Our conclusion that the tolling provision applies also comports with a time-honored maxim of statutory interpretation: In interpreting statutory language, “we may reasonably infer that the legislators intended an interpretation producing practical and workable results rather than one resulting in mischief or absurdity.” (City of Santa Monica v. Gonzalez (2008) 43 Cal.4th 905, 919.) It would result in mischief to interpret section 3304, subdivision (d)(2)(A), as requiring SFPD to initiate a disciplinary investigation that would have revealed the existence of respondents’ text messages and risked compromising the corruption investigation.

Respondents contend that even if the tolling provision was applicable, “tolling ended on the date that the criminal investigation ended as to all officers who were not the subject of the criminal prosecution, which was the indictment date of February 25, 2014.” We disagree, as there was no evidence of a formal end to the corruption investigation. (See, e.g., Richardson, supra, 214 Cal.App.4th at p. 698 [district attorney advised police department it was declining to prosecute]; Lucio, supra, 169 Cal.App.4th at p. 796 [internal affairs criminal section determined there was no prima facie criminal case to present to prosecutors]; Breslin, supra, 146 Cal.App.4th at p. 1070 [district attorney announced completion of criminal investigation]; Parra, supra, 144 Cal.App.4th at p. 990 [indictments for criminal conspiracy dismissed].) To the contrary, appellants submitted evidence that the investigation was active and continued to evolve, and the investigators continued to investigate leads, interview potential witnesses and gather evidence for the case through the Furminger trial. The fluidity of the investigation is demonstrated by the fact that Vargas accepted a plea bargain and began providing investigators with new evidence in the postindictment period.

Respondents point out that no investigative steps were taken related to the text messages exchanged between respondents and Furminger, and most of the respondents were never interviewed by the corruption investigators. However, as discussed above, it is sufficient for purposes of section 3304, subdivision (d)(2)(A), that the text messages were examined by corruption investigators for a possible connection to the corruption scheme. Parsing the degree of activity performed by the investigators as the investigation transpired is not germane to this analysis.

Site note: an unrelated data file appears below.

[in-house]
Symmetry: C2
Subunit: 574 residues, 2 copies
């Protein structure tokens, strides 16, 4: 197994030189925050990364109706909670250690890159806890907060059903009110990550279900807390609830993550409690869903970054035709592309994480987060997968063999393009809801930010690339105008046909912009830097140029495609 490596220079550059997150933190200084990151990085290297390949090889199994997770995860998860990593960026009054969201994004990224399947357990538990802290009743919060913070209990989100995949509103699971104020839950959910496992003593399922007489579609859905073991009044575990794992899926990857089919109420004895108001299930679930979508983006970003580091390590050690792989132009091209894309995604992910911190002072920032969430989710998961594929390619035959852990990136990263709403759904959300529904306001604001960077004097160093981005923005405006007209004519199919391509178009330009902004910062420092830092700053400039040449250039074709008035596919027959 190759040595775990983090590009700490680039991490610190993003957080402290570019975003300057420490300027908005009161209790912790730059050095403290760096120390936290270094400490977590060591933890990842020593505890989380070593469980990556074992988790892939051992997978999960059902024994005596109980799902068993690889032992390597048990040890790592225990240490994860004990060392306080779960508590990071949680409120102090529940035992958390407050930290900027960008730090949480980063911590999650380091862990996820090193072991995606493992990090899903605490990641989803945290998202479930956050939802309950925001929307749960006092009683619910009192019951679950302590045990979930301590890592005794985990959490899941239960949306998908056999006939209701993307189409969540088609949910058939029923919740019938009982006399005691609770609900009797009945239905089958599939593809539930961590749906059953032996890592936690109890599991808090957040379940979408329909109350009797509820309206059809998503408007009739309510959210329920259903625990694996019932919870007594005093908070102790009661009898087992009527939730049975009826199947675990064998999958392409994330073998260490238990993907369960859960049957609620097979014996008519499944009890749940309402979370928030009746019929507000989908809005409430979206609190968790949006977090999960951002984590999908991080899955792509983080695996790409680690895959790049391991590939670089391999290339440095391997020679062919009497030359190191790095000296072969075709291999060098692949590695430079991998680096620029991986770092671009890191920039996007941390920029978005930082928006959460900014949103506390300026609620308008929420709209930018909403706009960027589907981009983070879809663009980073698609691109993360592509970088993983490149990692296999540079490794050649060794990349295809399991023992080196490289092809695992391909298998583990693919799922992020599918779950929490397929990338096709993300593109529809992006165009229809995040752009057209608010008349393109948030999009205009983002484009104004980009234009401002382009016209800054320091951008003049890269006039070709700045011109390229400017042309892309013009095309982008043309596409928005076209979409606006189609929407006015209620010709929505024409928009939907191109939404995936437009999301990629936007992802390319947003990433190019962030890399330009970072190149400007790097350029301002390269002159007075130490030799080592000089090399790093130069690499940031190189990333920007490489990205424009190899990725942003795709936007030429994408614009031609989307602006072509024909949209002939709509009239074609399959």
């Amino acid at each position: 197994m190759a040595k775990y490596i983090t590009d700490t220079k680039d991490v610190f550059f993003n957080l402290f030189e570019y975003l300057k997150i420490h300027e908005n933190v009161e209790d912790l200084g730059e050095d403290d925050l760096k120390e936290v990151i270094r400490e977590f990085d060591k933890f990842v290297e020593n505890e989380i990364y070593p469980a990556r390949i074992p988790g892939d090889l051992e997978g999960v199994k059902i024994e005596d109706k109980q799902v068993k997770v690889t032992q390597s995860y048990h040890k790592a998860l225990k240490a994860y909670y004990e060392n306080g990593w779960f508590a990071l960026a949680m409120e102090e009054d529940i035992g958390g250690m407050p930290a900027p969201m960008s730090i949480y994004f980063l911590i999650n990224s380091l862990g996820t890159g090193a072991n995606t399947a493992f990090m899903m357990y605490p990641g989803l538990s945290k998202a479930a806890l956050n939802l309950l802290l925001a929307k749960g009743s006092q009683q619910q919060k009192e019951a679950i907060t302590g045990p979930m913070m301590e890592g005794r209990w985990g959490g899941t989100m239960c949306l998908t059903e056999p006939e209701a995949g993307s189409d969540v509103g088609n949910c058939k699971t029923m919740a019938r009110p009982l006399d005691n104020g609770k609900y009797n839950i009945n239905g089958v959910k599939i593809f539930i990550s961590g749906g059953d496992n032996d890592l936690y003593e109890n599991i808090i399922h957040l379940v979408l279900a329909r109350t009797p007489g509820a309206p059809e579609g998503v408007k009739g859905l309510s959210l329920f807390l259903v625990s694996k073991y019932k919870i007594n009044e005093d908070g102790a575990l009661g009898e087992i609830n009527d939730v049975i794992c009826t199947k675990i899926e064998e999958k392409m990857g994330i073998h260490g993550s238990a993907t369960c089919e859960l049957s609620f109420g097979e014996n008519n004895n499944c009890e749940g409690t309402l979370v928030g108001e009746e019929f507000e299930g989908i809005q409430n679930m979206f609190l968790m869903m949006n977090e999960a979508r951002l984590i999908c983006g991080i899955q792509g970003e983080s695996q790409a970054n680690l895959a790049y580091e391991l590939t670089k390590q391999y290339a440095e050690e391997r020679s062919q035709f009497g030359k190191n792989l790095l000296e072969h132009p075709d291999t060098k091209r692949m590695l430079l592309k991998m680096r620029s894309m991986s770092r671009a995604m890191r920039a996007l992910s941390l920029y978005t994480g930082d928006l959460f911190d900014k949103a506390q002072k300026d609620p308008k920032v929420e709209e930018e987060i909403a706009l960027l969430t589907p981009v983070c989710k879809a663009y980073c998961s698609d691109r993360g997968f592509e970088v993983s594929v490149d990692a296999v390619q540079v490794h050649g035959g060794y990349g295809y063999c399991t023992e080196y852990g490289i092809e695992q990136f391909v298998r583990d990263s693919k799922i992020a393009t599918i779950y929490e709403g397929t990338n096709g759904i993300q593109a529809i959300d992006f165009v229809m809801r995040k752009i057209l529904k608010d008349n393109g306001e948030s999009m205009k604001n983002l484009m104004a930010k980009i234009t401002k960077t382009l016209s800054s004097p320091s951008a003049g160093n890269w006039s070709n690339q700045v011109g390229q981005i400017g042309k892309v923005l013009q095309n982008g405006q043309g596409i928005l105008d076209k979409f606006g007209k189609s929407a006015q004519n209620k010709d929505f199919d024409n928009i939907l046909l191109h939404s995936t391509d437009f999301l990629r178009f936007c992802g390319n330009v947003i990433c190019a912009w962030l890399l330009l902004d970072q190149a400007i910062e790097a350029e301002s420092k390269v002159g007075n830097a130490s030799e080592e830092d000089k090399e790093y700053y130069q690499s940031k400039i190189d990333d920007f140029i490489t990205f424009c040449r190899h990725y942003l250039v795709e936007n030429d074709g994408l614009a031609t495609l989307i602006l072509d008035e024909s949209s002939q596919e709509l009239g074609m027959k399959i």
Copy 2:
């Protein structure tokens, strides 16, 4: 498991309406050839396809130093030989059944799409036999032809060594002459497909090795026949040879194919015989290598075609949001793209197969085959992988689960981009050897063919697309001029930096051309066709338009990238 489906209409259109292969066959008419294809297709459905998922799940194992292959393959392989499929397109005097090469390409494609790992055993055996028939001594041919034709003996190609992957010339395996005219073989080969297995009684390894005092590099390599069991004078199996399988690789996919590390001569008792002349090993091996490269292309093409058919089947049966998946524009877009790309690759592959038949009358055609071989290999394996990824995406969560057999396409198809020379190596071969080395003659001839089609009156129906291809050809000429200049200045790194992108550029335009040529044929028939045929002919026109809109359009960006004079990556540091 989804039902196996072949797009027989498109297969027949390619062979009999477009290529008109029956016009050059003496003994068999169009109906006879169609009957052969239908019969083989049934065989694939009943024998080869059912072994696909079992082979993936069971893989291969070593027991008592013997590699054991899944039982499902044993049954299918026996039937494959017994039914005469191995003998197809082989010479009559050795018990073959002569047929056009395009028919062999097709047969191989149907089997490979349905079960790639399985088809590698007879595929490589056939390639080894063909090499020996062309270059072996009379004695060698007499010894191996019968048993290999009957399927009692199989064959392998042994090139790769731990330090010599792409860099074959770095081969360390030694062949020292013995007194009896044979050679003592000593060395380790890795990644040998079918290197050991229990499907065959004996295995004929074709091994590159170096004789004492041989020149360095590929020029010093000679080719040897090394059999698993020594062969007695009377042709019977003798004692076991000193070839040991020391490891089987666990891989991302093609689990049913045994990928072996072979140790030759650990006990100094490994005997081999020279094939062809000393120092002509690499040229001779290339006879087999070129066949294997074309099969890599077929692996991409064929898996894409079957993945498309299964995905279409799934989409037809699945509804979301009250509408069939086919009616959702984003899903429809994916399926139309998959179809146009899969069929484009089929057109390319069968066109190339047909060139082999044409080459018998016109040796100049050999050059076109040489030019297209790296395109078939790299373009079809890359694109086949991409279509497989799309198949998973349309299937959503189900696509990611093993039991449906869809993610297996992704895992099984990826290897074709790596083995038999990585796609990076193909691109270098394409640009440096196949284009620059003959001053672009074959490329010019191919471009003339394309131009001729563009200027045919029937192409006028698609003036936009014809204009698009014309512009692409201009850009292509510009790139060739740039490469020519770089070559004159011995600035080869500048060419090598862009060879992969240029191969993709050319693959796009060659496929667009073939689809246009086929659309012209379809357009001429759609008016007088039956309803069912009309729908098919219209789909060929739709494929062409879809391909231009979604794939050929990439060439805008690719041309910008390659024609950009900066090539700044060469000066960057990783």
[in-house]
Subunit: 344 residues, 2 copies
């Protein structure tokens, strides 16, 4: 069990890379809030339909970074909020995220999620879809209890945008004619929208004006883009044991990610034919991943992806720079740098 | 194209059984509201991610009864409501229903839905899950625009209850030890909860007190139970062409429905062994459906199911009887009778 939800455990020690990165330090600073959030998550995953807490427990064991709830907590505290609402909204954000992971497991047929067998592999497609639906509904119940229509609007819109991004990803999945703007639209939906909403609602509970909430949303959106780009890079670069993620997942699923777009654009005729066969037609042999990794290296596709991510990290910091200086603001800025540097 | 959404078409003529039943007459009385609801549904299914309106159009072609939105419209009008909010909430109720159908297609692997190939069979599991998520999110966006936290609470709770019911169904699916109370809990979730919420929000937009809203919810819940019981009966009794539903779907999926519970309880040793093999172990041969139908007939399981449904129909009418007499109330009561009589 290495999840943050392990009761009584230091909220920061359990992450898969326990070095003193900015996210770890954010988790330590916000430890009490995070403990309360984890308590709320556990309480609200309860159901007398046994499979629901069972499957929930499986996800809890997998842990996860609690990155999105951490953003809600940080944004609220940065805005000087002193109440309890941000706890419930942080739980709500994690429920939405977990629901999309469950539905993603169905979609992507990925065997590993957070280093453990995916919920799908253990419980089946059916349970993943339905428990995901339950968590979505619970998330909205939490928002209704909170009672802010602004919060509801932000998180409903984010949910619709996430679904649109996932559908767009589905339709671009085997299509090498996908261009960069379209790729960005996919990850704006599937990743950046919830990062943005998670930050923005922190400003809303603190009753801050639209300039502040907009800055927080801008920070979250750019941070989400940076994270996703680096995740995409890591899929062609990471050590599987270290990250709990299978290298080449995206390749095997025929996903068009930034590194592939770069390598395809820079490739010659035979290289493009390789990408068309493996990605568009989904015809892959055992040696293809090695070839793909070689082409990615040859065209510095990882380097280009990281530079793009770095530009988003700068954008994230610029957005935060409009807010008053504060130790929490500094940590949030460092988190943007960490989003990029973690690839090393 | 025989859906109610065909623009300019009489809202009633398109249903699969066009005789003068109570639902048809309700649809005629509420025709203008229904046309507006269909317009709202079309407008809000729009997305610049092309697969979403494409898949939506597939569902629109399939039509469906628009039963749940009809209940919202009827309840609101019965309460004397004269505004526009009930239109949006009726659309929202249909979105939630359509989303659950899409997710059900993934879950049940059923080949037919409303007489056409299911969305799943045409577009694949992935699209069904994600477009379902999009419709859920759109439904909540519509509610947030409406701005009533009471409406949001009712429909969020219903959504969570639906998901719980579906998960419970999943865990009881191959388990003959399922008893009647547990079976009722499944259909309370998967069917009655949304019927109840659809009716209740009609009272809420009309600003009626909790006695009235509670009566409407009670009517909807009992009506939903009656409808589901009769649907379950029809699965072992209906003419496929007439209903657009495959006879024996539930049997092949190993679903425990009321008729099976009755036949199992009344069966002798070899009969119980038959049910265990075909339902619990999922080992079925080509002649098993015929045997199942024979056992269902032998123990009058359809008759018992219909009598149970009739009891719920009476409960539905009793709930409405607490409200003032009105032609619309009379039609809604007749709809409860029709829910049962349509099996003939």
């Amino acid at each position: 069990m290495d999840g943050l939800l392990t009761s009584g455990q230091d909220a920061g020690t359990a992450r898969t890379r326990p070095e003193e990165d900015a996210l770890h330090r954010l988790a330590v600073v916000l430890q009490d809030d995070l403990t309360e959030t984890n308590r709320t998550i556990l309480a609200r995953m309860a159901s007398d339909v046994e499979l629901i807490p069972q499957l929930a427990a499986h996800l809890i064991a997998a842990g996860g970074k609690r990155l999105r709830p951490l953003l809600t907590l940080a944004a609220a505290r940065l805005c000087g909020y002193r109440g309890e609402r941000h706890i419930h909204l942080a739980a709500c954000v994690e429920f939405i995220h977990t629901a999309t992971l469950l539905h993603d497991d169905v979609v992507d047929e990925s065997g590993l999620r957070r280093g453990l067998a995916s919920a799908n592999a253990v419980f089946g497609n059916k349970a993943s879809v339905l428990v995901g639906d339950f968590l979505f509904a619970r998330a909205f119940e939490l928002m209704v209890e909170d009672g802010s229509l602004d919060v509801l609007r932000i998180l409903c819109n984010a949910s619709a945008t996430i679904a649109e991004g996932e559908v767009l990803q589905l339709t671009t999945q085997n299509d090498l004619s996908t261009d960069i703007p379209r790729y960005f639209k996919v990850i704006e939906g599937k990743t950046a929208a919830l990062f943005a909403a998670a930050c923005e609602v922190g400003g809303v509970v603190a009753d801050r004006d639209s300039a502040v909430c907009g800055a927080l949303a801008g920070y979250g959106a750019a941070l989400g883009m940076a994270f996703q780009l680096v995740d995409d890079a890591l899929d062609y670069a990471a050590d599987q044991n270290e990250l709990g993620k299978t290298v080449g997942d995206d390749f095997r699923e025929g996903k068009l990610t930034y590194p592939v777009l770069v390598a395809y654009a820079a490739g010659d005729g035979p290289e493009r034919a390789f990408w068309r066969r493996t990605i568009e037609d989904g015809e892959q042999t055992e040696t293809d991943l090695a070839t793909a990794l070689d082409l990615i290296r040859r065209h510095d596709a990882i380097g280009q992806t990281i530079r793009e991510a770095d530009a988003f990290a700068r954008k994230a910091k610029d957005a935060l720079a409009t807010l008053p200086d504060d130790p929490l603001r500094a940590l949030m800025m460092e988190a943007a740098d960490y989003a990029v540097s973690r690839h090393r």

This was the conclusion of our colleagues in Division Two in Richardson, which held there is no requirement that a criminal investigation be shown to be “actual and active” in order to be “pending” for purposes of section 3304, subdivision (d)(2)(A). (Richardson, supra, 214 Cal.App.4th at pp. 697–698.) The court reasoned that not only is such a requirement nowhere to be found in the statute, but it would also be “unworkable” because it “ ‘would require a police department’s disciplinary investigators, and later the courts, to monitor and oversee each step of a separate criminal unit’s investigation to determine whether the investigation is sufficiently “active” to invoke section 3304(d)(2).’ ” (Ibid.) The court held it was particularly unworkable in that case because the criminal investigation was conducted in another county. (Id. at p. 698.) The court also held that an “active and actual” requirement was an uncertain standard because it left unanswered how much an investigator must do, and how frequently, to maintain an “active” investigation that triggers tolling. (Ibid.)